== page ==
History and Overview

A PRIMUS water quench system may be one of three systems.

The earliest water quench system consisted of a small volume of water mixing with the hot condensed steam when the sterilizer is turned on.

The second and current water quench configurations added a temperature-controlled system to supply a small volume of water only when the temperature of the liquid in the drain exceeds 110 degrees F.

If the configuration uses PRIMUS’ optional water conservation recirculation tank, the condensate will discharge into a reservoir tank that has a temperature switch controlling quench water for the tank.

In all cases, there exists enough volume of quench water to cool a normal discharge from the drain piping.

Basic Principle

The volume of steam and condensate discharged from a sterilizer varies with the operational state of the unit – in standby mode or in a sterilization cycle.

Sterilizer in Standby Mode

In standby, there is steam applied to the jacket and perhaps also to a gasket. There is a small amount of discharge from the gasket bleed if there is a sealed gasket, which is normal with double-door bio-seal units.

The jacket steam will turn to condensate and be released to the drain piping via the jacket steam trap. As the condensate is discharged, the trap will heat up and seal again due to the steam. This steam trap cycle will repeat several times per minute as long as steam is supplied to the jacket.

If steam is seen wafting from the drain piping in standby mode, either or both of these conditions exist.

  • There is a normal amount of hot discharge, but there is a deficiency of cooling water to quench the discharge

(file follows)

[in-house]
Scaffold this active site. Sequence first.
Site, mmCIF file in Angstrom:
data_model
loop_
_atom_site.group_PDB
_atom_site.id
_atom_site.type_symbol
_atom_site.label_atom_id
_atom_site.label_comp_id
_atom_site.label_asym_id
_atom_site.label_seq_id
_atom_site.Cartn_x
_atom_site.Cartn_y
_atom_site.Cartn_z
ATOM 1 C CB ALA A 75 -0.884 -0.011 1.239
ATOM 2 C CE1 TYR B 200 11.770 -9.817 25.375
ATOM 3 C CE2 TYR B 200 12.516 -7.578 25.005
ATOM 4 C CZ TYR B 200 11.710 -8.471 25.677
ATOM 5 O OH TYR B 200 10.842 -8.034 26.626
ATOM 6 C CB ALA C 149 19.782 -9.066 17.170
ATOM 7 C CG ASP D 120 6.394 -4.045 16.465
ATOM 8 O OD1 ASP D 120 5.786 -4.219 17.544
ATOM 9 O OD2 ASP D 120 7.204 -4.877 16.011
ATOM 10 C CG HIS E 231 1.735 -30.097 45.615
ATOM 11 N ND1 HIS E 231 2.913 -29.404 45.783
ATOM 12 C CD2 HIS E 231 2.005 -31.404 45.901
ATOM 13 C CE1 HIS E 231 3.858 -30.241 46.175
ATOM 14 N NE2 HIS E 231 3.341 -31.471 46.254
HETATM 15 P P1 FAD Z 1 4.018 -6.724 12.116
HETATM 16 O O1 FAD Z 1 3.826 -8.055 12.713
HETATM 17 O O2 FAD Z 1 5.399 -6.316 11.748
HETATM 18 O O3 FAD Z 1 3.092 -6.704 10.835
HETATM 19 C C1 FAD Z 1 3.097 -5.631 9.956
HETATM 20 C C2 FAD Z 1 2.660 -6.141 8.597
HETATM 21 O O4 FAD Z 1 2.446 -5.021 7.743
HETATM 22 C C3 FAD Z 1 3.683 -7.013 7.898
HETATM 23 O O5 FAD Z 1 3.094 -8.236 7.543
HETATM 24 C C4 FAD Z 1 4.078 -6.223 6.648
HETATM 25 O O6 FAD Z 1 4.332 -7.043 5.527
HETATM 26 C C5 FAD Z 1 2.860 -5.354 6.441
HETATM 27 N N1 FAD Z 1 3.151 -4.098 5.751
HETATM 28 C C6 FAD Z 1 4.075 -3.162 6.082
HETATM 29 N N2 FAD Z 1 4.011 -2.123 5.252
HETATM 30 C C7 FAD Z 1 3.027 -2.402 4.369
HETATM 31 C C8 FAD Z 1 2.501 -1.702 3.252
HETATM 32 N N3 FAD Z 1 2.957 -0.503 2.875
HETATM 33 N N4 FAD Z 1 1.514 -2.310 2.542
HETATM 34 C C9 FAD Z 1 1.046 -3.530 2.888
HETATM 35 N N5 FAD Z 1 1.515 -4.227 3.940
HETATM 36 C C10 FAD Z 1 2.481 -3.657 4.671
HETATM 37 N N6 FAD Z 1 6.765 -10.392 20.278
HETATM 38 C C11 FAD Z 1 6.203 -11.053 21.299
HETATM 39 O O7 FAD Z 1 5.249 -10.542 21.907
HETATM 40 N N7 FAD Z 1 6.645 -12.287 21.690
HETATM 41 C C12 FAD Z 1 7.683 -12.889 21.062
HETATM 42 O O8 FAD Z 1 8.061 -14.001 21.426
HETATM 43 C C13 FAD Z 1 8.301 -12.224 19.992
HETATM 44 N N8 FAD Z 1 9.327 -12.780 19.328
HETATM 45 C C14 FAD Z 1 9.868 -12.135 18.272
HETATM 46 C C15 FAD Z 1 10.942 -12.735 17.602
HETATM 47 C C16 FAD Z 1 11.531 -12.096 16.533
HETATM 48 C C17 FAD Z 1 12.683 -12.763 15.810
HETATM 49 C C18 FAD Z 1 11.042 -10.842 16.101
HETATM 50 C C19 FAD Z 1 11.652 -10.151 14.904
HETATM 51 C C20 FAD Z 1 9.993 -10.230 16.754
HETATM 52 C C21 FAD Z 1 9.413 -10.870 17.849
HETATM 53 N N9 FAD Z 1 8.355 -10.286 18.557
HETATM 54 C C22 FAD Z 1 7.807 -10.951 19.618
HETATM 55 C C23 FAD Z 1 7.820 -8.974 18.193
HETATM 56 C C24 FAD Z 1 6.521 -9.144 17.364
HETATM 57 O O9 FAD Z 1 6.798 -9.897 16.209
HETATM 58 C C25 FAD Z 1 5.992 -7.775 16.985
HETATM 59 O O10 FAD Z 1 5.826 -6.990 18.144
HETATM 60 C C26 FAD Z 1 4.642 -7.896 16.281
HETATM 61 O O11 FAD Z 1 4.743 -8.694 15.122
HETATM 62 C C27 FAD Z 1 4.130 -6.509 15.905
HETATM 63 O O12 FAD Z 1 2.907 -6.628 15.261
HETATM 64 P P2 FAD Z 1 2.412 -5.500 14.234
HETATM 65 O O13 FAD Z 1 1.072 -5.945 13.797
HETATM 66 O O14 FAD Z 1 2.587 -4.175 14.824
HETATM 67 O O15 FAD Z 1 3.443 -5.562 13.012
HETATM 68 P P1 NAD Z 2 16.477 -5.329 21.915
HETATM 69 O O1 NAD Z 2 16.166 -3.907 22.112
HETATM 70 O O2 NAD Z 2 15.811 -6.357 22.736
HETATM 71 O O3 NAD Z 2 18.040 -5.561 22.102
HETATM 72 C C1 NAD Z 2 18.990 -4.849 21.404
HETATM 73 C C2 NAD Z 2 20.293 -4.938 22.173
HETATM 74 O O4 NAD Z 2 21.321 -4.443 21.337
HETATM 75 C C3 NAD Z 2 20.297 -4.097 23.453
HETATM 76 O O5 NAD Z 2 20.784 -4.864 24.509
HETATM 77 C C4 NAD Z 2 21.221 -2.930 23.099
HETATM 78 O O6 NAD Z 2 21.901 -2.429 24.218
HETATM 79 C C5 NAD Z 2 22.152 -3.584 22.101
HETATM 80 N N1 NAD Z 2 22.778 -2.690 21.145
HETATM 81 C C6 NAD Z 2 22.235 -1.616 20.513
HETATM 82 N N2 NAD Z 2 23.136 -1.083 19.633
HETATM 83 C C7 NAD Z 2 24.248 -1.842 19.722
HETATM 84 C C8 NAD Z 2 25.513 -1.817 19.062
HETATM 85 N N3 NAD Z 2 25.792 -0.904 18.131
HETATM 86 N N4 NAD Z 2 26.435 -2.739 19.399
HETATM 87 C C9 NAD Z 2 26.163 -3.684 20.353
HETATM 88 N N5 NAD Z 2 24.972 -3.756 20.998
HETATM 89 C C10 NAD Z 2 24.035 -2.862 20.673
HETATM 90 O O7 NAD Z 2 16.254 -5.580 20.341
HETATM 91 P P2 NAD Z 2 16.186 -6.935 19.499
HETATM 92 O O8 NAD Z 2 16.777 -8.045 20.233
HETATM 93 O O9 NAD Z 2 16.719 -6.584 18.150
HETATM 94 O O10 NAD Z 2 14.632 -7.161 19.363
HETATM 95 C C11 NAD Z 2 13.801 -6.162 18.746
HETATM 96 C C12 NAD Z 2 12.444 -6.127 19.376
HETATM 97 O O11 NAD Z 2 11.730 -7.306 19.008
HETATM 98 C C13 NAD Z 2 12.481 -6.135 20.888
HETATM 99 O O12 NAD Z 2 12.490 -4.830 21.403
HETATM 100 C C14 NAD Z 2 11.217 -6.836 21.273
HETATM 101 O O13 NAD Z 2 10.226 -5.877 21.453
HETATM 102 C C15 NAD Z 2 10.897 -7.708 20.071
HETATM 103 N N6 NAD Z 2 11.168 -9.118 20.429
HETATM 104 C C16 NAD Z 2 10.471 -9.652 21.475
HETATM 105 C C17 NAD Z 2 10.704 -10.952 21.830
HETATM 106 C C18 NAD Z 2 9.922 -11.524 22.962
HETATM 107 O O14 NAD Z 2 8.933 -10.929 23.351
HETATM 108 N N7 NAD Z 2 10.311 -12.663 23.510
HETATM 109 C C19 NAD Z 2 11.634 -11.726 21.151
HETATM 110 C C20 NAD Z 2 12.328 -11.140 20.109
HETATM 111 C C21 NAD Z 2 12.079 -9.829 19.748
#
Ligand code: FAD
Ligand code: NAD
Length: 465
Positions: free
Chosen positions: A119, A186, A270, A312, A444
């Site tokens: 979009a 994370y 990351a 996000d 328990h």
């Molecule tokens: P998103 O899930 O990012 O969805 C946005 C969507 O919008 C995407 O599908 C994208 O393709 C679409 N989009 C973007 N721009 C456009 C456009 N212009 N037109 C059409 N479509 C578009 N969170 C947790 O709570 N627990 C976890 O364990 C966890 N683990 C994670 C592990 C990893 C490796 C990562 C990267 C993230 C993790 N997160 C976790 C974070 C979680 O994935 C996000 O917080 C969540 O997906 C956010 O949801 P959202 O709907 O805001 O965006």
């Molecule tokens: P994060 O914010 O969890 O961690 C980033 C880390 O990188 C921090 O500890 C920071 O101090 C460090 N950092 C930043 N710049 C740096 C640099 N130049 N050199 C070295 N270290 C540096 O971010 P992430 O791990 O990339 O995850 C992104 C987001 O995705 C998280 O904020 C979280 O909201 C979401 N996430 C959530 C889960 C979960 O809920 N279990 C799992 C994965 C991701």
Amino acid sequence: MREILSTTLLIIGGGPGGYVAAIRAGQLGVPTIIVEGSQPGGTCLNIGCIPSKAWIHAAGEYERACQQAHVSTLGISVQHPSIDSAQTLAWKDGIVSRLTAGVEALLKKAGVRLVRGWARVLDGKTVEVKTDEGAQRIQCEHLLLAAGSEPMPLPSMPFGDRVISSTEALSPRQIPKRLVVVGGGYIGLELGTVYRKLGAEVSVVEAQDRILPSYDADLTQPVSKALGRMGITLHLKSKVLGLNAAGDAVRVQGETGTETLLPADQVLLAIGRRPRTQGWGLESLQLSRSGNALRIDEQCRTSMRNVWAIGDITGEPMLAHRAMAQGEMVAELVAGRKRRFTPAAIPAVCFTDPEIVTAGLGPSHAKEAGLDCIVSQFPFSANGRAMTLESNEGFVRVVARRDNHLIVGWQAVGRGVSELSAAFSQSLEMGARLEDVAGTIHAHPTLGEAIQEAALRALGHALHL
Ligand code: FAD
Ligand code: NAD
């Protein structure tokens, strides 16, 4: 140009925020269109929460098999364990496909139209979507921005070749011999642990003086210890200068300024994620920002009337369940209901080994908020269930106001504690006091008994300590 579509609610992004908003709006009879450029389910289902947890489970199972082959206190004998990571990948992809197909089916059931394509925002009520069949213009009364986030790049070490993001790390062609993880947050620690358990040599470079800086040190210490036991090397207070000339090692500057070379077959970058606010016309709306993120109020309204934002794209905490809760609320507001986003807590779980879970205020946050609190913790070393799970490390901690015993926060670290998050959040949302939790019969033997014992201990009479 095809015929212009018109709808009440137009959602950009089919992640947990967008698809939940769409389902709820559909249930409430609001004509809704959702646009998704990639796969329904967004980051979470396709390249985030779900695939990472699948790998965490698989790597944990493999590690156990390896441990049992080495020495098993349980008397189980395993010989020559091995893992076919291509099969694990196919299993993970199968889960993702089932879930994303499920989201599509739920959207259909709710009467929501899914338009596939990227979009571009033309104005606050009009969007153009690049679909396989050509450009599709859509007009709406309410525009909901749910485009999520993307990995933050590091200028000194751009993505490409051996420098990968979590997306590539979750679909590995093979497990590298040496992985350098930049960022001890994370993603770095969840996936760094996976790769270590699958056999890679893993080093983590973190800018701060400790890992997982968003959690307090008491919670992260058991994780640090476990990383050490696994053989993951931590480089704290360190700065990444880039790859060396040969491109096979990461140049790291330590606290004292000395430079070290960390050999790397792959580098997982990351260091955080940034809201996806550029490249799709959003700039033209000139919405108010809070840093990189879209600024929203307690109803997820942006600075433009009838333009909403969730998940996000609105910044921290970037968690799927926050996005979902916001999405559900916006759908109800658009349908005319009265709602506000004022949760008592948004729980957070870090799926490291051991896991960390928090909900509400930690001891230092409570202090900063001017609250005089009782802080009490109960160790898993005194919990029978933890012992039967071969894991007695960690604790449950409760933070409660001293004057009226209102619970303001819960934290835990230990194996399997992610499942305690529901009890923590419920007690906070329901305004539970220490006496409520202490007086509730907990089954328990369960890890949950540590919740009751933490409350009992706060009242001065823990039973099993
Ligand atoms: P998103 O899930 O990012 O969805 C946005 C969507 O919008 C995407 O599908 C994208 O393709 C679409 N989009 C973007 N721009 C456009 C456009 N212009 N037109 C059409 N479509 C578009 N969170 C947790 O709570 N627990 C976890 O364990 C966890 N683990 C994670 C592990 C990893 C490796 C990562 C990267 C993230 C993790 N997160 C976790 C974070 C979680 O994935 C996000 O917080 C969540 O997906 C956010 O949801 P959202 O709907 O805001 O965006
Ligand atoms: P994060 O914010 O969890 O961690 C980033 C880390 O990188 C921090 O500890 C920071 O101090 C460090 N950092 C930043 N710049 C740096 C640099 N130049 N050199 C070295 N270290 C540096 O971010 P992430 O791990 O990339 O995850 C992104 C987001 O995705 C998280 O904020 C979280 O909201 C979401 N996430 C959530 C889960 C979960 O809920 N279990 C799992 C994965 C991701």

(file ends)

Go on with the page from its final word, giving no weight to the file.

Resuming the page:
• Or, there is an abnormally large amount of discharge that the normal supply of quench water cannot adequately cool

If there is not enough water to properly quench, troubleshooting involves checking
the proper functioning of the following:

  • Quench solenoid valve
  • Flow control needle valve
  • Temperature switch/relay control (if employed on the sterilizer) of the quench solenoid valve

If there is enough water and an abnormal amount of discharge exists, troubleshooting involves checking the functioning of the following:

  • Jacket steam trap
  • Gasket retract valve
  • Adjustment of the gasket bleed valve

During a Sterilization Cycle

The new items to be investigated during a cycle are as follows:

  • Chamber steam trap
  • Adjustment of the chamber and gasket bleed valves
  • Chamber drain valve

Disabling the water quench temporarily can be used as diagnostic method to see if there is a leaking trap, drain valve, gasket retract valve, etc. The water quench will disguise steam discharge. Therefore, stopping the water quench can help find a leaking component.

Have a question or having difficulties? Talk to Dave Schall, our PRIMUS sterilizer expert who is here to assist you anytime at 877.679.7800 extension 1212 or email at dschall@spire-is.com.

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